When his students become too numerous, the Bobover Rebbe was forced to open more branches of his Etz Chaim yeshiva in other cites, and over the course of time six yeshivot were established in western and central Galicia. People loved the Bobover Rebbe, and he was always among those who fought for the Torah. He maintained a correspondence with Rabbi Chaim Ozer Grodzinski, the Rav of Vilna and recognized leader of Orthodox Jewry at that time. He also shared in the misfortunes of the community and was concerned with the fate of his Jewish brothers who were persecuted and imprisoned.

Other than his wisdom and greatness in Torah, Rabbi Ben-Zion Halberstam was also familiar with the affairs of this world, and he knew how to perfectly clarify the law concerning dealings among men. His face shined with wisdom, and his entire persona witnessed to his splendor.

Once a resident of a small town, a non-Jewish meat dealer, was found murdered. Suspicions centered on his associate, who was then arrested. Yet soon afterwards, some non-Jews accused a Jew of being guilty of the crime. Since the two accused men denied having any connection with the murder, and since the police chief did not know what to do, the judge in the case was at a loss on how to proceed. Now the Bobover Rebbe was famous for his wisdom and uncommonly good sense, and so the judge asked him for advice. The Rebbe counseled him as follows: The judge should bring the two accused men to the victim’s grave and have the coffin opened, then each of the accused should approach the body and extend his hand to it. When the true murderer would extend his hand, the corpse would seize his hand by force and not let him go.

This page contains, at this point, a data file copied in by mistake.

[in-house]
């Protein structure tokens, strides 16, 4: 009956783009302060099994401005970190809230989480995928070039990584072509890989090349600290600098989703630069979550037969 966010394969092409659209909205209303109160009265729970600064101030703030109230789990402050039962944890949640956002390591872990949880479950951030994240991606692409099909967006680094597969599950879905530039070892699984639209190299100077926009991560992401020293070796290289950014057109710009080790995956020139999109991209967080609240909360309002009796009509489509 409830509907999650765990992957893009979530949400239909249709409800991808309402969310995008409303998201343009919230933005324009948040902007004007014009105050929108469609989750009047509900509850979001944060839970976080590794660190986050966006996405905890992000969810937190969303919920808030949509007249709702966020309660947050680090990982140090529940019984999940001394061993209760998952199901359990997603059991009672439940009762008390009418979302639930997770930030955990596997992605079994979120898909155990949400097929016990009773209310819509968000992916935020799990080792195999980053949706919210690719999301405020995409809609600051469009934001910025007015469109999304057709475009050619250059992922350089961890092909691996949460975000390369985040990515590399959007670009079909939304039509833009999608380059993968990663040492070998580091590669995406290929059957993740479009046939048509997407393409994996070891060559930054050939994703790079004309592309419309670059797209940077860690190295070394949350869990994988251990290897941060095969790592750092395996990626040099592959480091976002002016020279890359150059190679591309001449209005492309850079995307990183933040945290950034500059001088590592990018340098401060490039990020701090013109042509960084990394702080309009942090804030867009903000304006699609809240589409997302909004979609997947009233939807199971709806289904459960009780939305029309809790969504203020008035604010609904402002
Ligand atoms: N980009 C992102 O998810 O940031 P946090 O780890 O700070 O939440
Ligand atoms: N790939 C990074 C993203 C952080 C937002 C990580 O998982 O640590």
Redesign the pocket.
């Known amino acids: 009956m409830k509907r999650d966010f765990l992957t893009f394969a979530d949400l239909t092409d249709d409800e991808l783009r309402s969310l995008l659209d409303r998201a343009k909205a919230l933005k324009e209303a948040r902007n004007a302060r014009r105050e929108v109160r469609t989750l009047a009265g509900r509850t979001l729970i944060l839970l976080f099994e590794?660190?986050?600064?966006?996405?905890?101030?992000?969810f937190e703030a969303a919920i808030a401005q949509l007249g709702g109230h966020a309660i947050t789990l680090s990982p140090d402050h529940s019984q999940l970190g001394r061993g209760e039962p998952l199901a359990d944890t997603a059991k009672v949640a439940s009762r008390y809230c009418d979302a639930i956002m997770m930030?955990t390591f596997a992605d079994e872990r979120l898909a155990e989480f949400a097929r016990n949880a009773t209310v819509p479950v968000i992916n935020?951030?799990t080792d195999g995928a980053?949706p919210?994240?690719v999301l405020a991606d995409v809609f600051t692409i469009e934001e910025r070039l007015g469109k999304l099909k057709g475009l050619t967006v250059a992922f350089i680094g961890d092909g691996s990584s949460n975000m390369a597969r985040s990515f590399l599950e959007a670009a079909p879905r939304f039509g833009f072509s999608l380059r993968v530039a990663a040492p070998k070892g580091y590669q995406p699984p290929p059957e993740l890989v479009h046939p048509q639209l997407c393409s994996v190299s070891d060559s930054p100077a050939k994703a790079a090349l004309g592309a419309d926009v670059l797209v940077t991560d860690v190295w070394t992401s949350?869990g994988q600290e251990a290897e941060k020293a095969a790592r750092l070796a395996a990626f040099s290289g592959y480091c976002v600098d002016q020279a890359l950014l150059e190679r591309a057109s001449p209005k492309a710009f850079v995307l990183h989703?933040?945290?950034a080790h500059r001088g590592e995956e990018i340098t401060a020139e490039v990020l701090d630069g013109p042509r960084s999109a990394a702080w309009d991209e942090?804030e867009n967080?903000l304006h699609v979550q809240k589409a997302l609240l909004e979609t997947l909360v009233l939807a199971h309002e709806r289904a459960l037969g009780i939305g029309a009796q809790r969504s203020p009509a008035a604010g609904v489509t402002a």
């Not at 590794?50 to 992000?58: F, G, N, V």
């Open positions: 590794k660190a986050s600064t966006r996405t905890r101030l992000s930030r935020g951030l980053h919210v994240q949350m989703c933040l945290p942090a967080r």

The judge accepted this advice. The two accused were brought to the grave, and the Jew was the first to approach the open coffin. He put his hand on the hand of corpse, and nothing happened. Then came the time for the accused non-Jew. He approached the open coffin, but then dropped to his knees as his whole body trembled. He made the sign of the cross with his hands, as Christians do, and said: “I murdered him. I ask for forgiveness.” With that, the name of the Rebbe was extolled throughout the country.

With the Nazi’s invasion of Poland and the start of the Holocaust, the Bobover Rebbe fled with his sons and sons-in-law to the city of Lvov, which was then in the Russian sector. Bobover chassidim throughout the world tried to save him and bring him to the United States, but their efforts were unsuccessful. In July 1941, the Germans entered Lvov, took the Jews from their homes, and led them to their death. The Rebbe was among them. It was Friday before sundown, and he was wearing his Shabbat clothes. The cruel soldiers began to beat him on his head with their rifle-butts, and his kippah fell to the ground. From time to time the Rebbe bent over to pick it up, and they beat him even more. His pure and holy soul ascended to Heaven, together with his sons and sons-in-law, on the fourth of Av 5701 (1941). May Hashem avenge their blood.

By Divine mercy, his son Rabbi Shlomo was saved. In 5706 (1946), after much wandering and suffering, he arrived in the United States and there rebuilt the Torah kingdom of Bobover Chassidus.